Tom Hanks Talks About Becoming 'Captain Phillips'
Double Oscar-winning actor Tom Hanks says he felt a tremendous responsibility to accurately portray Richard Phillips, a real-life merchant mariner who -- along with his crew -- was taken hostage at sea by Somali pirates in 2009 while on a voyage to Kenya.
Directed by Paul Greengrass and co-starring Catherine Keener, the action thriller "Captain Phillips" opens nationwide Friday.
"I read his book ['A Captain's Duty: Somali Pirates, Navy SEALs, and Dangerous Days at Sea'] prior to reading the screenplay and I did get together with him on two occasions and explained to him, 'You know, I will say things you never said and I will be places you never were, but if we do this right, thematically, we will be spot-on with the nature of what happened to you and how,'" Hanks said at a recent press conference at the New York Film Festival.
"It's a very environmental movie," the 57-year-old California native explained. "Shooting it as we did -- on-board a more-or-less identical ship to the Alabama -- at sea or in very small confines. So, I think the task of folding ourselves into Paul's good hands was always to be true to the motivations of everyone involved. If, for the sake of storytelling, you start manufacturing moments that truthfully were not part of the five or six days, well, then I think you can get into trouble there. I could probably walk you through this and say: 'There. That's a moment that didn't happen exactly that way, but, thematically, it is what happened. That is tricky and it can get away from you, but we were always searching for that combination of procedure and behavior that was going to be, not just reminiscent, but very reflective of what really happened and that's tough when you're telling non-fiction entertainment."
So, how does one prepare to play a man who is still alive and well and likely to see the film that recounts his harrowing tale?
"You have to load up with an awful lot of facts, quite frankly," Hanks noted. "You've got to read and look at video and listen to stuff, but there is always some sort of detail that makes the final tumbler lock into place. I saw Rich and [and his wife] Andrea on a couple of occasions. You don't want to be an idiot. You don't want to ask, 'What were you feeling?' Sorry. 'What was it like? What were you feeling? Are you a hero?' You don't ask questions like most journalists do when the time comes. 'What was it like?'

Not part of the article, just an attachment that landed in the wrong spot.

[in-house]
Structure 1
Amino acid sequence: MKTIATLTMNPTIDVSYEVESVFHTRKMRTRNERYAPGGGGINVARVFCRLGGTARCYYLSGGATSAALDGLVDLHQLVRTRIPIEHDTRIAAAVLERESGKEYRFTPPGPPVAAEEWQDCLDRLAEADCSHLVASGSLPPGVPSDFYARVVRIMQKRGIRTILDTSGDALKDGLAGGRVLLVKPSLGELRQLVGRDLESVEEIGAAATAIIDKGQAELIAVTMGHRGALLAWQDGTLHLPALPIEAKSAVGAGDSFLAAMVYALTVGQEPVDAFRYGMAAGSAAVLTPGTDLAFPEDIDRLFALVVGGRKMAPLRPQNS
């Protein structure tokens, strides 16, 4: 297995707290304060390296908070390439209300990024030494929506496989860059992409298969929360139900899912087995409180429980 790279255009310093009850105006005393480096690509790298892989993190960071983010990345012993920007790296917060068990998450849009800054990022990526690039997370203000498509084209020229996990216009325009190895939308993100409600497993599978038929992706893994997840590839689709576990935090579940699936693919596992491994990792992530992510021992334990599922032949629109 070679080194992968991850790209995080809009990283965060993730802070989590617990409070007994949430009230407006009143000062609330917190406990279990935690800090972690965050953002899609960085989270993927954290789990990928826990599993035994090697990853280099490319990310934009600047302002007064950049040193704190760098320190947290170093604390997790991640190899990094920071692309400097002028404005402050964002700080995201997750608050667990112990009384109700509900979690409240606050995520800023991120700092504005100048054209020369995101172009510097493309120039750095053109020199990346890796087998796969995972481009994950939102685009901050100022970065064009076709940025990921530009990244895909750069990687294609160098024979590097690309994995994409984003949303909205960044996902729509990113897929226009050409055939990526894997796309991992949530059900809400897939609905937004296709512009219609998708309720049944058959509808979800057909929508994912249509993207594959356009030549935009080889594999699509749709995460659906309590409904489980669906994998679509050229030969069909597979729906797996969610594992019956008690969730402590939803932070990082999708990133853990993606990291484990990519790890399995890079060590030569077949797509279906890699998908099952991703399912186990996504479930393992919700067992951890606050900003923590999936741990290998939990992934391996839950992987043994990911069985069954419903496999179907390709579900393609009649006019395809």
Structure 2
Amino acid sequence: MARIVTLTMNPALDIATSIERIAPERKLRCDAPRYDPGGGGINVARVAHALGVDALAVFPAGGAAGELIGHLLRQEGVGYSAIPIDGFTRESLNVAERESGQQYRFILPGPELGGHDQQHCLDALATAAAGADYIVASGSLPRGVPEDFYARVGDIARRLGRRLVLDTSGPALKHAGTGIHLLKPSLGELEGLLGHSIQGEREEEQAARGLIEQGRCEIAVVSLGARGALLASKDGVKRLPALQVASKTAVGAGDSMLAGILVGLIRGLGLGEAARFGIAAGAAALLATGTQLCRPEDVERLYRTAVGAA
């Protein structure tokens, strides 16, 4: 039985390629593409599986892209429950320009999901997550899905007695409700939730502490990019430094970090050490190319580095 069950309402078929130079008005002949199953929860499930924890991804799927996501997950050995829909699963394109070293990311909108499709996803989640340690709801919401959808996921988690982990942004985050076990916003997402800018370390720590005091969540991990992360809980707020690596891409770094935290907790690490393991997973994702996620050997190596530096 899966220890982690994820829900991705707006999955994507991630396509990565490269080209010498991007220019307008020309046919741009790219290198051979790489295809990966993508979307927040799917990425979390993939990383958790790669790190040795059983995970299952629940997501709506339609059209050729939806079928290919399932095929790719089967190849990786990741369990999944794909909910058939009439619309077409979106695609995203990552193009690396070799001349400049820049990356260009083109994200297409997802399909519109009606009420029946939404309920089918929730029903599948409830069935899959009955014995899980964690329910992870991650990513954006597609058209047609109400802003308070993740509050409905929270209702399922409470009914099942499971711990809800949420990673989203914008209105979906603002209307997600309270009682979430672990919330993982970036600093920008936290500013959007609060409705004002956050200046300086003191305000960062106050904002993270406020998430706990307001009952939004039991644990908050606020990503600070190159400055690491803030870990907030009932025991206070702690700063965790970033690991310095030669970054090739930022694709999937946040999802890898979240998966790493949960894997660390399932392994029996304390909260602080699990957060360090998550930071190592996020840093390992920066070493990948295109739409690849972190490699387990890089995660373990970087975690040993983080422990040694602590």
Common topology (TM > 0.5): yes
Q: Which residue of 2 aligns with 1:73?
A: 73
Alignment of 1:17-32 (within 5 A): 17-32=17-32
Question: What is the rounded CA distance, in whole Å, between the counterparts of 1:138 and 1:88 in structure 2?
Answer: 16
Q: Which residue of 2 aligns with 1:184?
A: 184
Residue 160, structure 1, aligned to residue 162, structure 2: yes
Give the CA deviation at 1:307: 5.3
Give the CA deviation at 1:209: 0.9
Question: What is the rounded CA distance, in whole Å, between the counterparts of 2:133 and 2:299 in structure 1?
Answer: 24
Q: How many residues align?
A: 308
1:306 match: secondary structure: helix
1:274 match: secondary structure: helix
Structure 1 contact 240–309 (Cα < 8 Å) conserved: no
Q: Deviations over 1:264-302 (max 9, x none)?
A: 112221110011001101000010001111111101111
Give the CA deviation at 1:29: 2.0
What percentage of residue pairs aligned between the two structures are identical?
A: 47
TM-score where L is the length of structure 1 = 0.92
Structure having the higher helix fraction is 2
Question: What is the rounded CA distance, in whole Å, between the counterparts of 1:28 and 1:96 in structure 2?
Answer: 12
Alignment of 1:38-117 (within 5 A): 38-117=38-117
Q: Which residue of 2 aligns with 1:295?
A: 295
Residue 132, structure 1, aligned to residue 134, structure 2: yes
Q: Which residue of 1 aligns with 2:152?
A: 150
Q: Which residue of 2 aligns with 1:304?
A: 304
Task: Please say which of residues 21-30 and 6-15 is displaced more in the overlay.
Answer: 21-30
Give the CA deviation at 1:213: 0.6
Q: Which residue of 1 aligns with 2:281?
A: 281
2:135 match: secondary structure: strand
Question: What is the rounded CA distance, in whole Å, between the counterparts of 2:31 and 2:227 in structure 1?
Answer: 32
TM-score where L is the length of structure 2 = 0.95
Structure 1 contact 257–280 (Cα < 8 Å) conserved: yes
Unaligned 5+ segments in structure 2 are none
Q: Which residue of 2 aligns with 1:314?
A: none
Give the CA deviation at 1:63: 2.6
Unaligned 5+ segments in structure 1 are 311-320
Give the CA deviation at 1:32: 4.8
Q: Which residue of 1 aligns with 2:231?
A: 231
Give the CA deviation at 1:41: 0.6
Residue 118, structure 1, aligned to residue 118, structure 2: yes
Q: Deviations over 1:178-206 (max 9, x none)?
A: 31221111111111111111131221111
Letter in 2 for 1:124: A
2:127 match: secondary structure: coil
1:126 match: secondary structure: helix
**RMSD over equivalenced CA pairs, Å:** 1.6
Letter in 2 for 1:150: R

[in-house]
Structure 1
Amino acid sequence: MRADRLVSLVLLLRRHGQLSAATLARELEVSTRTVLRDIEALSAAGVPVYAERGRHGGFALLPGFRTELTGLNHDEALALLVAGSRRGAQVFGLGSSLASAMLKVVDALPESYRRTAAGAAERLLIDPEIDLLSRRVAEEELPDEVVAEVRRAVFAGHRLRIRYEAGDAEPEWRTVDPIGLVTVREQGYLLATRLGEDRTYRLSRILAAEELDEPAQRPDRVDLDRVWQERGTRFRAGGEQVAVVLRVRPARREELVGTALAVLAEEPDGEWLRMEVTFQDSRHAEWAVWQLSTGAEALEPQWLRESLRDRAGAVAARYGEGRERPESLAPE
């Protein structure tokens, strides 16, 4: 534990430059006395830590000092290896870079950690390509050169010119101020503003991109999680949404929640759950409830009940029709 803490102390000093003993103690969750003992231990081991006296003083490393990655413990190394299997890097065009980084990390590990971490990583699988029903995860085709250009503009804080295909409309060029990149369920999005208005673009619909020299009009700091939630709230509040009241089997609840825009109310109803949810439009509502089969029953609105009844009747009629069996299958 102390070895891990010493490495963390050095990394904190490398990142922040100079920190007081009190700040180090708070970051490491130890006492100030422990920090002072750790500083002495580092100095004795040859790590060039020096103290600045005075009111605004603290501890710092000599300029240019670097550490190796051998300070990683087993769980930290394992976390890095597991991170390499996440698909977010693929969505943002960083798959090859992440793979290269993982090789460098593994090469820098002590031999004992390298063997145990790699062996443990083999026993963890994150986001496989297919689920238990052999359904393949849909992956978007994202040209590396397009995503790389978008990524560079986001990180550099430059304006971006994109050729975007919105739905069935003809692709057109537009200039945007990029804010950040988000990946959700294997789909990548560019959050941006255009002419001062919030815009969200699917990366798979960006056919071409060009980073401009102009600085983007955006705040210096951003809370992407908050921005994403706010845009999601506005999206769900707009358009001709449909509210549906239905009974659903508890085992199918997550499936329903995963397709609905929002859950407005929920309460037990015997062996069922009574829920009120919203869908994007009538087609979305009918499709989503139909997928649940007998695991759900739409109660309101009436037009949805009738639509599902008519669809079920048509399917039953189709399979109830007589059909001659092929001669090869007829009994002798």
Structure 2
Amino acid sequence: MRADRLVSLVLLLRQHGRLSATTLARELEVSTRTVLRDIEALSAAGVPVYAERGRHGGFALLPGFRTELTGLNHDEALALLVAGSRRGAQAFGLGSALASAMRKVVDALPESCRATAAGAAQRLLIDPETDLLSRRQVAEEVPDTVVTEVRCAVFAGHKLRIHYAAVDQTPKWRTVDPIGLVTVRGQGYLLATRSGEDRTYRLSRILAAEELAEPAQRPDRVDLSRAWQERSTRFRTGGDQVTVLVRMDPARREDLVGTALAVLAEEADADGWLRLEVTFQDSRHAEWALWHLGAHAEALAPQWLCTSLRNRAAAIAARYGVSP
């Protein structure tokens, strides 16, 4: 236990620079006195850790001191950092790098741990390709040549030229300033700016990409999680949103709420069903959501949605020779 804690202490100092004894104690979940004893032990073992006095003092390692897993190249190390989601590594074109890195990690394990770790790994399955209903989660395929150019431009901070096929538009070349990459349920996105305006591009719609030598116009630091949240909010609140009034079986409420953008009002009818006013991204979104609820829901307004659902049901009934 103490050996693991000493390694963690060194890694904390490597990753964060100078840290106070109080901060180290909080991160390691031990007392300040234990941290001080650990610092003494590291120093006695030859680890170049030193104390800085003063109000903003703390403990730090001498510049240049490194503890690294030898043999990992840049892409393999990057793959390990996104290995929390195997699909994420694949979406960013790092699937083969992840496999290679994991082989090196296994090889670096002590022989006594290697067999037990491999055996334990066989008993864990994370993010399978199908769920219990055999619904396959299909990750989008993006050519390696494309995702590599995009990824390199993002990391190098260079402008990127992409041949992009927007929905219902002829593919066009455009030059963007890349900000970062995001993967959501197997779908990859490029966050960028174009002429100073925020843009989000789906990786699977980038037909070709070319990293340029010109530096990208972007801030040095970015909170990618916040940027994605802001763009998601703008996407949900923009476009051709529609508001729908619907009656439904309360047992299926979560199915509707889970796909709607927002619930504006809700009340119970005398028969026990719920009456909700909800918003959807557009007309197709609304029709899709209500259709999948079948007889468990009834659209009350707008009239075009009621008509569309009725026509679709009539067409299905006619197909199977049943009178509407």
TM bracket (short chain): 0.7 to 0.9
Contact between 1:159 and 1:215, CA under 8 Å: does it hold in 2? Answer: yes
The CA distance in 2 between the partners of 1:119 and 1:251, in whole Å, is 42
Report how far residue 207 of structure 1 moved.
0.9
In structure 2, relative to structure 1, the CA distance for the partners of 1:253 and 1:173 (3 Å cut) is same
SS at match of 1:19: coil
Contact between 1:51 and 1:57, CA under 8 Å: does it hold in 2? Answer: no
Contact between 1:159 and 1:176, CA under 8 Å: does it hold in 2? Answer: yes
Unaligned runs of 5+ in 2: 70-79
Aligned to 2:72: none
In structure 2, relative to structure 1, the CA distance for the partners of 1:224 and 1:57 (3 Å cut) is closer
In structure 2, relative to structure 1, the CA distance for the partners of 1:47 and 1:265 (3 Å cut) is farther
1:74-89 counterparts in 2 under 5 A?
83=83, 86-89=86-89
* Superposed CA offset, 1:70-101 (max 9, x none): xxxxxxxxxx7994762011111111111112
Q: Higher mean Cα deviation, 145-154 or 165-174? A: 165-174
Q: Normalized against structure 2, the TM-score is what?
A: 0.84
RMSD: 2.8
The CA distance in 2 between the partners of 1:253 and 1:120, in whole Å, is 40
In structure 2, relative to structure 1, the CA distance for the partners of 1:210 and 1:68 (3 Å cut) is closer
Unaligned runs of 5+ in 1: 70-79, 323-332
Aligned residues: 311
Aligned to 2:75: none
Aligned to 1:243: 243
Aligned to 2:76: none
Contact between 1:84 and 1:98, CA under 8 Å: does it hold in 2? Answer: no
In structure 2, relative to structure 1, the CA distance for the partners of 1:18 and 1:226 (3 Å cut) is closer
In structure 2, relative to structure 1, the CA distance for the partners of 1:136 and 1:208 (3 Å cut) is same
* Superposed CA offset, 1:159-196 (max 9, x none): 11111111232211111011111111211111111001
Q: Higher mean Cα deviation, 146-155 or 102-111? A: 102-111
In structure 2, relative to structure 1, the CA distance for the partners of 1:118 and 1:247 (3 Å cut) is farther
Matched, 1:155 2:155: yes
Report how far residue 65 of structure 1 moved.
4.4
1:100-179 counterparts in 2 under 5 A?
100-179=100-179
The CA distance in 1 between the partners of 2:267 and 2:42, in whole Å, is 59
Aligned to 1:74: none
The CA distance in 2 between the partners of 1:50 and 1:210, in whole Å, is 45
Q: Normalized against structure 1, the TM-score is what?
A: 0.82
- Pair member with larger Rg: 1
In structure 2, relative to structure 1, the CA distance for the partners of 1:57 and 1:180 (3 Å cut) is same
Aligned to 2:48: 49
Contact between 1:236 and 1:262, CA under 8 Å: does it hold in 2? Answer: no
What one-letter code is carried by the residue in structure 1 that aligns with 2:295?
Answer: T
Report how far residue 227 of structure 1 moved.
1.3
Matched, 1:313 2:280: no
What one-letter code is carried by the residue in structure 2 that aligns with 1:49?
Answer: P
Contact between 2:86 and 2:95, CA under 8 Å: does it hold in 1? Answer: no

"I know, cheap shot, folks," he teased the gathered reporters. "Be on my end one of these days, see how it goes. People keep saying, 'You always give the same answers.' Well, they are the same questions, aren't they? But Andrea said something that was quite interesting. I asked, 'Do you ever visit Rich on the ships?' And she said: 'I used to, but [I don't anymore because] it's no fun because he is a completely different human being when he is on the job.' He's very easygoing. I would almost describe him as almost happy-go-lucky and funny. But on-board the ship he is always serious. There is always serious work that he, as the captain, had to do. And that was the tumbler for me. I don't know what it was, but all of the 52 cards became a bit of a shuffle and I felt as though I knew what to do every time Paul presented something.”
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